I remember kissing boys and how great it was, and then with marriage, no more kissing. Not that kind of soft lingering endlessly erotic kissing.

I remember the feel of my high school boyfriend’s thigh, his strong lean muscles beneath tight jeans, my hand on his leg next to mine, the Levi texture of the fabric. Jerry wears jeans. Oil field jeans by Wrangler with built-in fire retardant that make the fabric heavier, slower to burn. His pockets are frayed with years of use.

Hot. I link my fingers through his loops and pull him close.

This morning, as I write my way into my feelings, I touch my chin and feel the abrasion whiskers have made against my skin. Surprised and more than a little awed that I can feel like this, like that 30 year old felt. Irresistibly drawn. That I can’t resist, don’t want to resist. Awed that I don’t feel like bolting, that I can stay or go and return, that it’s all so remarkably easy. It’s not a question of recovering my youth. I’m perfectly happy to be my age, shirking the last vestiges of having to prove myself in some annoying, indefinable way, that even with the brief encounters I’ve had, I had to be the one to leave first.

See? See how independent I am? I’m going to leave first. I’m casual. See?

I remember a brief encounter at a lake resort years ago on a “mommy’s weekend” that got just short of out-of-control. Four women at an oyster bar, two men with NBC News. Cameramen. Ending up with the blond, shorter than I thought as he got off the stool, to follow us to a dance place down the street. Crazy bar, dirty dancing, fight in the bar (had never seen a bar fight), out on their boat making the wise decision not to take the boat out. Ending up on the stern wrapped in the guy’s arms, gentle waves licking the side of the boat, kissing him endlessly. Wanting him endlessly. In front of my friends. What the hell? Coming to our senses at about 3 in the morning. Meeting the two NBC guys for breakfast, hot summer sun burning, meeting the blond once more. Good thing a war started and he was sent off to film it.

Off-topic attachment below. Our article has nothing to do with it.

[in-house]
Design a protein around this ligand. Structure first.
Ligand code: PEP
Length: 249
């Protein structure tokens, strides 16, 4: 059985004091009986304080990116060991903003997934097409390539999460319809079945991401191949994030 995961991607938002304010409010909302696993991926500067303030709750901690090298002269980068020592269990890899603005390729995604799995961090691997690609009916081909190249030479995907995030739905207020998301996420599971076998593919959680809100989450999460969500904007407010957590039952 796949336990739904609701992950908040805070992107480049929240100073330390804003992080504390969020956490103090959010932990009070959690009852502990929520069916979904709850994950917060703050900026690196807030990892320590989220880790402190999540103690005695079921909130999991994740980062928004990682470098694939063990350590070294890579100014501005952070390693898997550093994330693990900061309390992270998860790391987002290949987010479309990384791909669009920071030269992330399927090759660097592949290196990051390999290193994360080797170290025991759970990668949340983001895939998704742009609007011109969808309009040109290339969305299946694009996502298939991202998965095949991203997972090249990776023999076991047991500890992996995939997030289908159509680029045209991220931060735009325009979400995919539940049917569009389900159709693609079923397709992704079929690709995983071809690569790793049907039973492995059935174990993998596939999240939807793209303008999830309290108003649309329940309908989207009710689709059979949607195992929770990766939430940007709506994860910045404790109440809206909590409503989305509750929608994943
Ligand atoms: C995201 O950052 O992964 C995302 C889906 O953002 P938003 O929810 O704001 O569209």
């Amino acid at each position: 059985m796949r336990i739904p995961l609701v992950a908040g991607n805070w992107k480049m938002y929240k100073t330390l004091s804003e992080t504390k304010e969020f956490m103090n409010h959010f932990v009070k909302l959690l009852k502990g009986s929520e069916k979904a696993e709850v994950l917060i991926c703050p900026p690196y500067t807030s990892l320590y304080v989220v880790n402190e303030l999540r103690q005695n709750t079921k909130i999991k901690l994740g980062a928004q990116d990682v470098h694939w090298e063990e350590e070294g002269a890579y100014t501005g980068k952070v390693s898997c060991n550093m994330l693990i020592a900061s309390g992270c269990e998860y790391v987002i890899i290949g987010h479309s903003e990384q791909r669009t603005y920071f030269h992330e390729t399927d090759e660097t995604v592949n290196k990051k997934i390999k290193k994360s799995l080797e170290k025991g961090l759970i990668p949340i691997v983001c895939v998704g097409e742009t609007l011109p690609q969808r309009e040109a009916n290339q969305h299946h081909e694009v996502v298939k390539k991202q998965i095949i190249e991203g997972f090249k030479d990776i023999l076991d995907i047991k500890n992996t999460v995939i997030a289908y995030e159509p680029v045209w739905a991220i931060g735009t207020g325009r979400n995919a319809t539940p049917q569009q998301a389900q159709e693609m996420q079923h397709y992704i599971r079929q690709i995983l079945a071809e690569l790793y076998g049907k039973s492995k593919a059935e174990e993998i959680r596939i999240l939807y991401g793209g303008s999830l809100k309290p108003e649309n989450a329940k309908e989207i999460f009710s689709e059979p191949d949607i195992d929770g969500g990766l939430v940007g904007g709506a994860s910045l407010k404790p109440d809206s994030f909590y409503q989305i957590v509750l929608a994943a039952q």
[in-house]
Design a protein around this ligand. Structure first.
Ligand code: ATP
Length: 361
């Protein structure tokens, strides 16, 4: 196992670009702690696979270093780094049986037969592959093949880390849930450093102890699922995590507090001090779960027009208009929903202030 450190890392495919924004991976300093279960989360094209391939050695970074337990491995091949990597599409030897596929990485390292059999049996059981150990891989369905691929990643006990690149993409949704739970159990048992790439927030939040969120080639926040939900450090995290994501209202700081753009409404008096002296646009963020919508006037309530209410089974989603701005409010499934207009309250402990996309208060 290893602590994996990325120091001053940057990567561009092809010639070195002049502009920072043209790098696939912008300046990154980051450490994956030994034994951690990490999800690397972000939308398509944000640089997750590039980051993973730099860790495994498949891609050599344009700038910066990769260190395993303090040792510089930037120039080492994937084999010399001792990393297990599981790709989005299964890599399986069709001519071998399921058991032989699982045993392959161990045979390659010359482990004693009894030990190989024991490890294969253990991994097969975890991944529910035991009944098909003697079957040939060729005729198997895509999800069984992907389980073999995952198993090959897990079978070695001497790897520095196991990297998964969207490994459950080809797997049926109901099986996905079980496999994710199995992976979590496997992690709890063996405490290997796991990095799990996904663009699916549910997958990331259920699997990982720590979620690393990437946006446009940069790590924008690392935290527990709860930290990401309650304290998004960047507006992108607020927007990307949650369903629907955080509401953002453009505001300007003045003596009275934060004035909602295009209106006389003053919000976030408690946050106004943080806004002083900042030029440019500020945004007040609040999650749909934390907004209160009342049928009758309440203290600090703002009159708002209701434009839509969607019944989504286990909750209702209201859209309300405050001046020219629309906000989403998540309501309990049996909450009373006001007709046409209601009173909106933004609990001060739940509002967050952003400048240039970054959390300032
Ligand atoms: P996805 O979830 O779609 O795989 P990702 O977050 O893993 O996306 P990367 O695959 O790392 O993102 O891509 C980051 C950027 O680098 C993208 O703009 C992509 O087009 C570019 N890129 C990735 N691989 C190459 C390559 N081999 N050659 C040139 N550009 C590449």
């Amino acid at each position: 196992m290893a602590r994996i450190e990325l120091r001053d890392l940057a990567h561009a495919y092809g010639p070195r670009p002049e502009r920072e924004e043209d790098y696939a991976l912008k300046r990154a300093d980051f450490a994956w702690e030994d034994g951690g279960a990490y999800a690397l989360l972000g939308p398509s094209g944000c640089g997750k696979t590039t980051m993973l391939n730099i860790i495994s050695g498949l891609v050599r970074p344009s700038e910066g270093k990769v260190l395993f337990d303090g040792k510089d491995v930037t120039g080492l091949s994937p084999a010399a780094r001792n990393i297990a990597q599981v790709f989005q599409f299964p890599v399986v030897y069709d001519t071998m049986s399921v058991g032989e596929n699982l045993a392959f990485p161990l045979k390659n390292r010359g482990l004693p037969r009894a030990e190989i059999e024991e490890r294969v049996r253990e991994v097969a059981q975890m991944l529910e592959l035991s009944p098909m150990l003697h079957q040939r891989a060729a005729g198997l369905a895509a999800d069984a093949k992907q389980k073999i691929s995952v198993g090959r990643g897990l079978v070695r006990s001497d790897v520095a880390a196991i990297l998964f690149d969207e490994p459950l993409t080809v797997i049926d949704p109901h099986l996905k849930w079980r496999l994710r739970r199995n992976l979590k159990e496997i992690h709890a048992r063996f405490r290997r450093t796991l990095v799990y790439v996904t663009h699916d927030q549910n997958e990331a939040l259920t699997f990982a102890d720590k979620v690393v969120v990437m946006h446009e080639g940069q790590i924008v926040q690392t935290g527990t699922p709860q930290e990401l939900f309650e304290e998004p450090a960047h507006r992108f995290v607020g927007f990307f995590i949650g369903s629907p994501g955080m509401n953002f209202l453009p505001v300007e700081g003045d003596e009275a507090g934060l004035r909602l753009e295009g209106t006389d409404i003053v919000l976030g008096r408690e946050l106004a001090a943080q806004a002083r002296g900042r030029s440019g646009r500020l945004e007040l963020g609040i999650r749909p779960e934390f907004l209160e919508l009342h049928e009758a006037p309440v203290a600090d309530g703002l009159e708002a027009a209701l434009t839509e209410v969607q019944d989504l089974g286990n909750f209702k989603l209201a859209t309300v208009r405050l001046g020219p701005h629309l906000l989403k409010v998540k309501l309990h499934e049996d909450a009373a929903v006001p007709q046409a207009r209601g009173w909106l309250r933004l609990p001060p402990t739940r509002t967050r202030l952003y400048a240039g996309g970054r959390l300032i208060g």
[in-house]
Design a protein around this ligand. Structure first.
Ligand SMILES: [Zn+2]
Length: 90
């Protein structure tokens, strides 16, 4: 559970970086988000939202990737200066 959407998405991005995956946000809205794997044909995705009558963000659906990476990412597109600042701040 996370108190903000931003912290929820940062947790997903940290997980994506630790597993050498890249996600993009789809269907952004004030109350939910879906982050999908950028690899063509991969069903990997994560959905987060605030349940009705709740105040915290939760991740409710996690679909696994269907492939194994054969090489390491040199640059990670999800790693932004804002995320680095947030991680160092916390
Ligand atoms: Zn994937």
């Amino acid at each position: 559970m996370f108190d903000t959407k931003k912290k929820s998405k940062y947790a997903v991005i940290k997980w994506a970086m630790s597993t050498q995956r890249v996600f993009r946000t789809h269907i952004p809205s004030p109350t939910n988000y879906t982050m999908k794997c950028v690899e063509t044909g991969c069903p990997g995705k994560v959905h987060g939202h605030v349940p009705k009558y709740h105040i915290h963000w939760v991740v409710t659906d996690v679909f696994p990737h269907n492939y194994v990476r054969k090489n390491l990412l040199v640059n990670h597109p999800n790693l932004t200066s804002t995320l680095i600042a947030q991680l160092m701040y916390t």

And I feel like I should leave this essay now. End it in some clever way. Bolt off knowing I’m in control of me. But I’m going to stay a little longer.

It’s raining outside. The heat is on, my feet are cold, I’m hungry. It’s 9:19 a.m. on a cold, dismal day, but the rain is welcome. I welcome surprises, amazements, smells and tastes and textures, the vista around the corner or over the mountain, down the stream and into the lakes.

I always have, but now more than ever.


About the author: Daphne Devina is an essayist and artist with an irrepressible curiosity about life, adventure, and especially men. Join her as she explores a new world of irresponsibility after many years of juggling career, kids and marriage. Can she finally “have it all?” Can she reawaken passion in a body long dormant?

  • This is the third and last installment in a series written for Madison Lake Pages. Read here Part 2 and Part 3.